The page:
Venus may have had a shallow liquid-water ocean and habitable surface temperatures for up to 2 billion years of its early history, according to computer modelling of the planet’s ancient climate by scientists at NASA’s Goddard Institute for Space Studies (GISS) in New York.
The findings were obtained with a model similar to the type used to predict future climate change on Earth.
“Many of the same tools we use to model climate change on Earth can be adapted to study climates on other planets, both past and present,” says Michael Way, a researcher at GISS. “These results show ancient Venus may have been a very different place than it is today.”
Venus today is a hellish world. It has a crushing carbon dioxide atmosphere 90 times as thick as Earth’s. There is almost no water vapour. Temperatures reach 462 degrees Celsius (864 degrees Fahrenheit) at its surface.
Scientists long have theorised that Venus formed out of ingredients similar to Earth’s, but followed a different evolutionary path. Measurements by NASA’s Pioneer mission to Venus in the 1980s first suggested Venus originally may have had an ocean. However, Venus is closer to the Sun than Earth and receives far more sunlight. As a result, the planet’s early ocean evaporated, water-vapour molecules were broken apart by ultraviolet radiation, and hydrogen escaped to space. With no water left on the surface, carbon dioxide built up in the atmosphere, leading to a so-called runaway greenhouse effect that created present conditions.
Previous studies have shown that how fast a planet spins on its axis affects whether it has a habitable climate. A day on Venus is 117 Earth days. Until recently, it was assumed that a thick atmosphere like that of modern Venus was required for the planet to have today’s slow rotation rate. However, newer research has shown that a thin atmosphere like that of modern Earth could have produced the same result. That means an ancient Venus with an Earth-like atmosphere could have had the same rotation rate it has today.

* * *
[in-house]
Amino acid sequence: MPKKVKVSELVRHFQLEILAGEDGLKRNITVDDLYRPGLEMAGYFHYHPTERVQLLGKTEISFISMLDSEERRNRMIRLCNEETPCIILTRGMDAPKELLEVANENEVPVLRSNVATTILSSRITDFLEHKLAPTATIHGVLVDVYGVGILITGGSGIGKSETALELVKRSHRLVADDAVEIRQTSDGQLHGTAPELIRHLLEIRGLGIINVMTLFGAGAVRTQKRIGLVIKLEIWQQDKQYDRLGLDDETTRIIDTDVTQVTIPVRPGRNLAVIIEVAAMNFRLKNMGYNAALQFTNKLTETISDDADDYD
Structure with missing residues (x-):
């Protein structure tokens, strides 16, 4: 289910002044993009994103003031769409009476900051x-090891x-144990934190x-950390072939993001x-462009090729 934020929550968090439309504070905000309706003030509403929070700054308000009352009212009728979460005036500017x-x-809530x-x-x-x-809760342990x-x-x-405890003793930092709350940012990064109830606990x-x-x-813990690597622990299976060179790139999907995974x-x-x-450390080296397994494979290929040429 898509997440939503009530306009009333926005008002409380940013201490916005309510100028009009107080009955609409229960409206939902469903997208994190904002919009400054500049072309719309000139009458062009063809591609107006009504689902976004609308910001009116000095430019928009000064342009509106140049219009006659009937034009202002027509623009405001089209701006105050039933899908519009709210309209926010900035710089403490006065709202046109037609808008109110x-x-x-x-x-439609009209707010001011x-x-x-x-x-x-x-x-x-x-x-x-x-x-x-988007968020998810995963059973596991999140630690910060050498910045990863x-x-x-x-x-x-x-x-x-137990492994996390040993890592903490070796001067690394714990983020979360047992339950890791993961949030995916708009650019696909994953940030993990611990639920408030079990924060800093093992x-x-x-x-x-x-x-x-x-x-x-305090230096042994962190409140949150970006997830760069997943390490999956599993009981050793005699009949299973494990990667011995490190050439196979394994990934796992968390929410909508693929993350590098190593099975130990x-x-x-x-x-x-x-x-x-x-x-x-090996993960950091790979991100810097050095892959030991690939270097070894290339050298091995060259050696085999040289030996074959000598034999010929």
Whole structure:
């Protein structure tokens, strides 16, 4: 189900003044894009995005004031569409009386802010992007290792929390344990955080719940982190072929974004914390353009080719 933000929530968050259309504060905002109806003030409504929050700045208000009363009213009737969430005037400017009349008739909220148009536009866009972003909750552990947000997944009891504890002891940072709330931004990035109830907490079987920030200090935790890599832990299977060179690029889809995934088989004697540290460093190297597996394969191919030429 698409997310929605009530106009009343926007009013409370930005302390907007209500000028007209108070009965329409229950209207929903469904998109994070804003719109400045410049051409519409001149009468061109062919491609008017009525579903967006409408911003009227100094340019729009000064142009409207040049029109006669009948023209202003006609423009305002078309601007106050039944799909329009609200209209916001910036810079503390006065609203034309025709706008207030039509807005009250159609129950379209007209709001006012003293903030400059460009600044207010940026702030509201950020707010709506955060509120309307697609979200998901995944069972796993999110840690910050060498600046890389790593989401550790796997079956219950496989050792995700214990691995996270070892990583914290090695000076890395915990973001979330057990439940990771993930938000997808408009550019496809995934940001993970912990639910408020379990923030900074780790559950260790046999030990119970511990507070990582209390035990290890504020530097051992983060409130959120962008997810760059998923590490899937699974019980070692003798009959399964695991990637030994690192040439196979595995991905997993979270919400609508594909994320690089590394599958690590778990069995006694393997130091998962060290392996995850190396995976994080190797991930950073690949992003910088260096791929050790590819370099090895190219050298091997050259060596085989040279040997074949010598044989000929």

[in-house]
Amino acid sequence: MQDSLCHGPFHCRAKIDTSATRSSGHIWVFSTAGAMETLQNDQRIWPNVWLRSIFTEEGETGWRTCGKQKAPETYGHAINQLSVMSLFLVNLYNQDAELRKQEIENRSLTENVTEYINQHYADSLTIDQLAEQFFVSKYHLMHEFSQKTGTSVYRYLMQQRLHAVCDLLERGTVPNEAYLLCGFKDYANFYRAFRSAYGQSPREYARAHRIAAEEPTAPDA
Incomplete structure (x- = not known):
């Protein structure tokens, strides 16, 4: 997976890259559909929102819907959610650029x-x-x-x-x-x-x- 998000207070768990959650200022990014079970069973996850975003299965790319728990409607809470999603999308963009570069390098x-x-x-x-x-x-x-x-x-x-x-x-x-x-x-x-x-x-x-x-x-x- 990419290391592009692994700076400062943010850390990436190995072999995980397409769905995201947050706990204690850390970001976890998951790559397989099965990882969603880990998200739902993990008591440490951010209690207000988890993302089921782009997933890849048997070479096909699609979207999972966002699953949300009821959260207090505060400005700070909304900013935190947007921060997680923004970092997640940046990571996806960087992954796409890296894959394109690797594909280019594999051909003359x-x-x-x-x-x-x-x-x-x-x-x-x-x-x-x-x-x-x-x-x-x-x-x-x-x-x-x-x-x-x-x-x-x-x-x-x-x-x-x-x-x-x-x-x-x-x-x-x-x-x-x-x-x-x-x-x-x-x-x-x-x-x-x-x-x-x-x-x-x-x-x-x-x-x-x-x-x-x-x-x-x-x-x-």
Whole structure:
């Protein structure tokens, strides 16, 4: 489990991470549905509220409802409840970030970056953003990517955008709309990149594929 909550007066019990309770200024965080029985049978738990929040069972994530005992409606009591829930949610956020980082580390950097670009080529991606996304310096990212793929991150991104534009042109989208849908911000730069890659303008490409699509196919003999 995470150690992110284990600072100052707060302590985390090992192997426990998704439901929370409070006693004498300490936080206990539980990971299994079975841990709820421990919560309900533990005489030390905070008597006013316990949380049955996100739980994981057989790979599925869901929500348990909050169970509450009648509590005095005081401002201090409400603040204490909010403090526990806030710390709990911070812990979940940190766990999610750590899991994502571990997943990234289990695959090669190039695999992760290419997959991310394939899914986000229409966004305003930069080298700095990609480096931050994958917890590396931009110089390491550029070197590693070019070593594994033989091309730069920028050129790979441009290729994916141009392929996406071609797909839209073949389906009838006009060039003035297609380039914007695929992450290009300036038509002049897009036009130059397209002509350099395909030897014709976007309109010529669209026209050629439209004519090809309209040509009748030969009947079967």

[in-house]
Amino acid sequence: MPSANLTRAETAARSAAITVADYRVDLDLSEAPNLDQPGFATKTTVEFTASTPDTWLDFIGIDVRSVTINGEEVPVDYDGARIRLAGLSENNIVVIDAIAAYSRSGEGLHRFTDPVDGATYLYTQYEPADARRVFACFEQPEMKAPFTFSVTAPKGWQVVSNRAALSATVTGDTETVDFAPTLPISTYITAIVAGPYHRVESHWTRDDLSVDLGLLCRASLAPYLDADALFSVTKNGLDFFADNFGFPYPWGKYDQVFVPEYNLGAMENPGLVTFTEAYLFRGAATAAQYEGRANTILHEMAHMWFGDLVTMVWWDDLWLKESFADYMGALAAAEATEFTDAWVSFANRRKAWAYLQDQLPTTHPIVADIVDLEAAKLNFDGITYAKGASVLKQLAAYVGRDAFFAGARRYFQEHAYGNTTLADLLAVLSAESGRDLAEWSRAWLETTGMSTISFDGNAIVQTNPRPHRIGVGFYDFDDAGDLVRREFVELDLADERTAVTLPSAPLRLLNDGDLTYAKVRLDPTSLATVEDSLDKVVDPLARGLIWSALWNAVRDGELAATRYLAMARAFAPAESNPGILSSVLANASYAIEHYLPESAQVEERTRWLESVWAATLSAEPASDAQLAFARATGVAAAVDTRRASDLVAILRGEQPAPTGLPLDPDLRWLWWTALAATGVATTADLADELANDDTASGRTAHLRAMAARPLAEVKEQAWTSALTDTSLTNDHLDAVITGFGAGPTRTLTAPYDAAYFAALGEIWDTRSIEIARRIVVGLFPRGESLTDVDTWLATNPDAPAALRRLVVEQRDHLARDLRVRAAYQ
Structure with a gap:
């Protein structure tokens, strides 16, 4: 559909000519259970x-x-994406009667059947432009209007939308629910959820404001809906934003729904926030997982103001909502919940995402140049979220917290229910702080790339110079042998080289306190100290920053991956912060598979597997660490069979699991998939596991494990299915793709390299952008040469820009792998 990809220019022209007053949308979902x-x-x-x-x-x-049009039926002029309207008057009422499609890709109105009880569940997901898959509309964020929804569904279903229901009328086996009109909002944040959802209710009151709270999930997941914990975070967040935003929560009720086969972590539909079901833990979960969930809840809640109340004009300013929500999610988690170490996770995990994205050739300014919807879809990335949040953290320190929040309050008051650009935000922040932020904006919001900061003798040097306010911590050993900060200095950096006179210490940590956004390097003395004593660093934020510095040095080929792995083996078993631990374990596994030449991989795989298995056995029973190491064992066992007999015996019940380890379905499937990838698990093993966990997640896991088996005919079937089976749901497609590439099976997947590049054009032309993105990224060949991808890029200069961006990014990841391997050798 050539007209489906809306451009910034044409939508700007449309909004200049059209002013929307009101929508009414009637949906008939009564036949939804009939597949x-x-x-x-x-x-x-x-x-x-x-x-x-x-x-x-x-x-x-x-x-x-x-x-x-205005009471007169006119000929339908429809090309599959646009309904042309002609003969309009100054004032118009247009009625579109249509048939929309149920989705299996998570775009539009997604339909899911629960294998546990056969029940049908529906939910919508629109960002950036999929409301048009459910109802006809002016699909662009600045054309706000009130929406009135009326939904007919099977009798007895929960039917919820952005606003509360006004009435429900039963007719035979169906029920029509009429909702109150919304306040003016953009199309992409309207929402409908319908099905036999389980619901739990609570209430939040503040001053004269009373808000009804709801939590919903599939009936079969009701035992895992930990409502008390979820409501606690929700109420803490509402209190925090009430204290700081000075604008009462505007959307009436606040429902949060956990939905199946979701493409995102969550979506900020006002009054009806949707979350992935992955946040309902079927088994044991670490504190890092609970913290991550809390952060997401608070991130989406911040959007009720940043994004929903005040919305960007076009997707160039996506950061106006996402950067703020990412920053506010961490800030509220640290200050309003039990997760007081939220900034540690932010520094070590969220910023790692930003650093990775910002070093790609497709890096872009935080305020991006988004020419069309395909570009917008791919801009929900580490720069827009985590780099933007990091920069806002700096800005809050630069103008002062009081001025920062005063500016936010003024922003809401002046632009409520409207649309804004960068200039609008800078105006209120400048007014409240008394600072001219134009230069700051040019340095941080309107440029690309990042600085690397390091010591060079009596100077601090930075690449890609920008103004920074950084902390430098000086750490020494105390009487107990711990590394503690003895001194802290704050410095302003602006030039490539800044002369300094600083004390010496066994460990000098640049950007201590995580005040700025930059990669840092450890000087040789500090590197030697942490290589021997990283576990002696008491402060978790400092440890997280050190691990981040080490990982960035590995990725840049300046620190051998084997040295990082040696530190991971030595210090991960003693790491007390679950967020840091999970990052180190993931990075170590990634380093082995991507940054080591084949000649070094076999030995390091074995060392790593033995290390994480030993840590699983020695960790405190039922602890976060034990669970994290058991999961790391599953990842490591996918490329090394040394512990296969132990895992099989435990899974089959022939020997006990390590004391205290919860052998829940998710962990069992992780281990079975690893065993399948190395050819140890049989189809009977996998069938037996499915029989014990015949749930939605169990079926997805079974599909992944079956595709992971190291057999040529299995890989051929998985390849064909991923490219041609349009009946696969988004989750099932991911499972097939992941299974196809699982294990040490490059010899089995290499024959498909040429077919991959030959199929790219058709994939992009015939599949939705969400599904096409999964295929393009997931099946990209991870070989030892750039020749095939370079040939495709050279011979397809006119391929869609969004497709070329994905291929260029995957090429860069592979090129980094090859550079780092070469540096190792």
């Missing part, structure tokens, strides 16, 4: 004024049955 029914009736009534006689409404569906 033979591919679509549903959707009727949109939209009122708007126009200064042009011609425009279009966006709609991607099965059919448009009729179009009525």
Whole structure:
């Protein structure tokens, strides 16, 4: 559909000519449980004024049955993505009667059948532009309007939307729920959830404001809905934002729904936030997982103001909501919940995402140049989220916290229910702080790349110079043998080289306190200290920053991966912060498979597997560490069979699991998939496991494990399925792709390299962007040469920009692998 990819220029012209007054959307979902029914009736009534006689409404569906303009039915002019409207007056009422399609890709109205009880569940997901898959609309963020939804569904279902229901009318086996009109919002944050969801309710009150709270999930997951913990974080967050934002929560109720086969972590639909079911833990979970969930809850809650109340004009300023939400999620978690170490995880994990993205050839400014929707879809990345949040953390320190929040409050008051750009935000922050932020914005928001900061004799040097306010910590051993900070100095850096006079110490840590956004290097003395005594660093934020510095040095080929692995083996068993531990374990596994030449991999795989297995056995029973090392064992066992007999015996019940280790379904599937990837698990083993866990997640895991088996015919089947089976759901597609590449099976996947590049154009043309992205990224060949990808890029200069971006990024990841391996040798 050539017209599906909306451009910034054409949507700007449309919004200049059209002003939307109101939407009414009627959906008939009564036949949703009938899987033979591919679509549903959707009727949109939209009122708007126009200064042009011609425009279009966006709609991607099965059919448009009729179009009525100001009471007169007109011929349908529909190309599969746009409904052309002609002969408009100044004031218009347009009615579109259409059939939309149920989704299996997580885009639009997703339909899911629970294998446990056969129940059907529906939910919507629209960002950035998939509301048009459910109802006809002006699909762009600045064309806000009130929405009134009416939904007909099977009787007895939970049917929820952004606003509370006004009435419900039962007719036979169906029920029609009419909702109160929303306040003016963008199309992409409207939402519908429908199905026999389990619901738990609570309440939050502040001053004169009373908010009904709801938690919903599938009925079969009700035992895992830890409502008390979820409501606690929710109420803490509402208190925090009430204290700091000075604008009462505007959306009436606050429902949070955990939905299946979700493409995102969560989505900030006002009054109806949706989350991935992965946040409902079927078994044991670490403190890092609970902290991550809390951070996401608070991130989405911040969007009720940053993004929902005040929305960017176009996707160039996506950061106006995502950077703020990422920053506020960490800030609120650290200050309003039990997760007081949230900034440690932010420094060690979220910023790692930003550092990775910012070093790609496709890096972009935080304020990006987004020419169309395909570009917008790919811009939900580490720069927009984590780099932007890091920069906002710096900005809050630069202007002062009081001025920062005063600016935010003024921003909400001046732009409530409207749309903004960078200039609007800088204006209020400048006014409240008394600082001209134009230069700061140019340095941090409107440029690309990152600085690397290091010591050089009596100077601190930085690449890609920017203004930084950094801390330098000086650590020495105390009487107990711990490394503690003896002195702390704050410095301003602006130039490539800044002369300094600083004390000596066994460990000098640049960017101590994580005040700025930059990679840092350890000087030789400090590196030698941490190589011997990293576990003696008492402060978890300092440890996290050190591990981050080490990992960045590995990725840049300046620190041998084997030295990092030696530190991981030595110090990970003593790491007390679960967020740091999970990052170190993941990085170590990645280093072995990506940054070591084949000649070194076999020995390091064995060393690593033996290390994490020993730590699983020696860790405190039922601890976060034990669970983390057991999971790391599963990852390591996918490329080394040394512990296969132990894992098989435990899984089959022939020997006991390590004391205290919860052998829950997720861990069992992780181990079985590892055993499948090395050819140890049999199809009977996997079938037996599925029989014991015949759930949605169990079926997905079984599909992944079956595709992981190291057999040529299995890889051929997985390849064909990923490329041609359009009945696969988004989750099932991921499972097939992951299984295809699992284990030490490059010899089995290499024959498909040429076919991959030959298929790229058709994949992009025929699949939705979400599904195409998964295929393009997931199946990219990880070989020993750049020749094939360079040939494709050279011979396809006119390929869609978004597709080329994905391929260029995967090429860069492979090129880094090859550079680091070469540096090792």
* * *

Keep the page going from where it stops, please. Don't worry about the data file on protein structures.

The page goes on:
Another factor that impacts a planet’s climate is topography. The GISS team postulated ancient Venus had more dry land overall than Earth, especially in the tropics. That limits the amount of water evaporated from the oceans and, as a result, the greenhouse effect by water vapour. This type of surface appears ideal for making a planet habitable – there seems to have been enough water to support abundant life, with sufficient land to reduce the planet’s sensitivity to changes from incoming sunlight.
Way and his GISS colleagues simulated conditions of a hypothetical early Venus with an atmosphere similar to Earth’s, a day as long as Venus’ current day, and a shallow ocean consistent with early data from the Pioneer spacecraft. The researchers added information about Venus’ topography from radar measurements taken by NASA’s Magellan mission in the 1990s, and filled the lowlands with water, leaving the highlands exposed as Venusian continents. The study also factored in an ancient sun that was up to 30 percent dimmer. Even so, ancient Venus still received about 40 per cent more sunlight than Earth does today.
“In the GISS model’s simulation, Venus’ slow spin exposes its dayside to the sun for almost two months at a time,” GISS scientist Anthony Del Genio says. “This warms the surface and produces rain that creates a thick layer of clouds, which acts like an umbrella to shield the surface from much of the solar heating. The result is mean climate temperatures that are actually a few degrees cooler than Earth’s today.”